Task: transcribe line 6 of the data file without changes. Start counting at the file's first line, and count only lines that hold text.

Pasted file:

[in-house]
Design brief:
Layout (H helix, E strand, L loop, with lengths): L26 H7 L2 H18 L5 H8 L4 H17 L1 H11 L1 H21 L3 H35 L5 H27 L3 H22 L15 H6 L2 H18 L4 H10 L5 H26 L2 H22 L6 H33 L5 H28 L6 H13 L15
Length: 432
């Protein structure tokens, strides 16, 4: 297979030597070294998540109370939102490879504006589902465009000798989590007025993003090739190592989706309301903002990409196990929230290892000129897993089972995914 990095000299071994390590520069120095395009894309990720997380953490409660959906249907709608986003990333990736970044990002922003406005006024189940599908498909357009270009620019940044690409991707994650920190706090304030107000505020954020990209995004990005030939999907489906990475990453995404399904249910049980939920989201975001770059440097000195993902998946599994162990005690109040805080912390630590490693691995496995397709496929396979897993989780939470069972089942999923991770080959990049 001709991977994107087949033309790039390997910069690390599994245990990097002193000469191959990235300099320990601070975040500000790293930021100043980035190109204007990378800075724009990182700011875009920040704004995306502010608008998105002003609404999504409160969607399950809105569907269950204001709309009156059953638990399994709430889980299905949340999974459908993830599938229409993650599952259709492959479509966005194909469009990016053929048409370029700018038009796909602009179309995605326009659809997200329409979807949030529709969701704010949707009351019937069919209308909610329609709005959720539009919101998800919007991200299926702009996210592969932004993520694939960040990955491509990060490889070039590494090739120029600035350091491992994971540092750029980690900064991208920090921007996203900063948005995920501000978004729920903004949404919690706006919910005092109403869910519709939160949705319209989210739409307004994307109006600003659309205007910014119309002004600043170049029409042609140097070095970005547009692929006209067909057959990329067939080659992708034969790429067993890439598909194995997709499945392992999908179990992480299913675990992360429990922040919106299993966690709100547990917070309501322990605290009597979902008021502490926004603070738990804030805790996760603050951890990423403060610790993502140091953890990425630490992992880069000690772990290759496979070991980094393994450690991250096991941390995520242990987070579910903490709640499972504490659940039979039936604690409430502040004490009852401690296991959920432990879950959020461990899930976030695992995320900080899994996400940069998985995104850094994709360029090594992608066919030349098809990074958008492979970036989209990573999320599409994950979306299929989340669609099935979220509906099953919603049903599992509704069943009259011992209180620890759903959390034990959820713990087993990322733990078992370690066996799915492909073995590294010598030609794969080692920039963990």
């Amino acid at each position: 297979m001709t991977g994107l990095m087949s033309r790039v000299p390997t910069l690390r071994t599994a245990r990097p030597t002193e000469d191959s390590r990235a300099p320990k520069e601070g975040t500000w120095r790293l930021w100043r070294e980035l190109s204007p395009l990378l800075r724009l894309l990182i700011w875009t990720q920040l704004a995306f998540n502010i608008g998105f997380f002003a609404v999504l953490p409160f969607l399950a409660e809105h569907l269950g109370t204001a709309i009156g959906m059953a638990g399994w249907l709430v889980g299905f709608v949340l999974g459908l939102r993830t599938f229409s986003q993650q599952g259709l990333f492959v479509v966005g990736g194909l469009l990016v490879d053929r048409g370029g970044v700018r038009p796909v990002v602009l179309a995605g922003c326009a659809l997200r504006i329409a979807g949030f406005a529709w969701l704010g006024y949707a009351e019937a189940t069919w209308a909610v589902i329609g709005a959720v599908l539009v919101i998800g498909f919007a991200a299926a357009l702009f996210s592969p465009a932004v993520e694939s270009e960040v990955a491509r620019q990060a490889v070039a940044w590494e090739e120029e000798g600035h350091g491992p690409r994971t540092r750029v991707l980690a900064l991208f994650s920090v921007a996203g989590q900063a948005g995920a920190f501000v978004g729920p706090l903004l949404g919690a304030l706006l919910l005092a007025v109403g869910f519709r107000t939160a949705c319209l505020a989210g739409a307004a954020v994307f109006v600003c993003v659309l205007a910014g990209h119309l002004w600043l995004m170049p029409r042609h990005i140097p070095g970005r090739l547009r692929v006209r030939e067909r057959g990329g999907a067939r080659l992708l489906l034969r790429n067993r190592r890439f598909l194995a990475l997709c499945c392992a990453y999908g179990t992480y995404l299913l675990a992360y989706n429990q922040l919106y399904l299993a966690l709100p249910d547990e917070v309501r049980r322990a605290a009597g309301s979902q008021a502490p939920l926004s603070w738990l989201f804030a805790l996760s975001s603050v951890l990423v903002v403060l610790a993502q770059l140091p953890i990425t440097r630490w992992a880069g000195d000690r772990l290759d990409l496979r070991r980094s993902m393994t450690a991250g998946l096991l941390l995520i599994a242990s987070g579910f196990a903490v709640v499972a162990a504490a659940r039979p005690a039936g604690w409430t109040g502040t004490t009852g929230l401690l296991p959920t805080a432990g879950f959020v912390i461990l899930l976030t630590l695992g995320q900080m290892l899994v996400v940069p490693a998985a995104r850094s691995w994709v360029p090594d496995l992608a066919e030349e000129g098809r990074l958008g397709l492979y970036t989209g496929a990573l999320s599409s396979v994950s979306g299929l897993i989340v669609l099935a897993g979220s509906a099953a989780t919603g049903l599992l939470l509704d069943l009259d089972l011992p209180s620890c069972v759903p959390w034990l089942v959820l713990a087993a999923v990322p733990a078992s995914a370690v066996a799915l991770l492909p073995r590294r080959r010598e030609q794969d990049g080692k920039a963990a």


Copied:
């Amino acid at each position: 297979m001709t991977g994107l990095m087949s033309r790039v000299p390997t910069l690390r071994t599994a245990r990097p030597t002193e000469d191959s390590r990235a300099p320990k520069e601070g975040t500000w120095r790293l930021w100043r070294e980035l190109s204007p395009l990378l800075r724009l894309l990182i700011w875009t990720q920040l704004a995306f998540n502010i608008g998105f997380f002003a609404v999504l953490p409160f969607l399950a409660e809105h569907l269950g109370t204001a709309i009156g959906m059953a638990g399994w249907l709430v889980g299905f709608v949340l999974g459908l939102r993830t599938f229409s986003q993650q599952g259709l990333f492959v479509v966005g990736g194909l469009l990016v490879d053929r048409g370029g970044v700018r038009p796909v990002v602009l179309a995605g922003c326009a659809l997200r504006i329409a979807g949030f406005a529709w969701l704010g006024y949707a009351e019937a189940t069919w209308a909610v589902i329609g709005a959720v599908l539009v919101i998800g498909f919007a991200a299926a357009l702009f996210s592969p465009a932004v993520e694939s270009e960040v990955a491509r620019q990060a490889v070039a940044w590494e090739e120029e000798g600035h350091g491992p690409r994971t540092r750029v991707l980690a900064l991208f994650s920090v921007a996203g989590q900063a948005g995920a920190f501000v978004g729920p706090l903004l949404g919690a304030l706006l919910l005092a007025v109403g869910f519709r107000t939160a949705c319209l505020a989210g739409a307004a954020v994307f109006v600003c993003v659309l205007a910014g990209h119309l002004w600043l995004m170049p029409r042609h990005i140097p070095g970005r090739l547009r692929v006209r030939e067909r057959g990329g999907a067939r080659l992708l489906l034969r790429n067993r190592r890439f598909l194995a990475l997709c499945c392992a990453y999908g179990t992480y995404l299913l675990a992360y989706n429990q922040l919106y399904l299993a966690l709100p249910d547990e917070v309501r049980r322990a605290a009597g309301s979902q008021a502490p939920l926004s603070w738990l989201f804030a805790l996760s975001s603050v951890l990423v903002v403060l610790a993502q770059l140091p953890i990425t440097r630490w992992a880069g000195d000690r772990l290759d990409l496979r070991r980094s993902m393994t450690a991250g998946l096991l941390l995520i599994a242990s987070g579910f196990a903490v709640v499972a162990a504490a659940r039979p005690a039936g604690w409430t109040g502040t004490t009852g929230l401690l296991p959920t805080a432990g879950f959020v912390i461990l899930l976030t630590l695992g995320q900080m290892l899994v996400v940069p490693a998985a995104r850094s691995w994709v360029p090594d496995l992608a066919e030349e000129g098809r990074l958008g397709l492979y970036t989209g496929a990573l999320s599409s396979v994950s979306g299929l897993i989340v669609l099935a897993g979220s509906a099953a989780t919603g049903l599992l939470l509704d069943l009259d089972l011992p209180s620890c069972v759903p959390w034990l089942v959820l713990a087993a999923v990322p733990a078992s995914a370690v066996a799915l991770l492909p073995r590294r080959r010598e030609q794969d990049g080692k920039a963990a």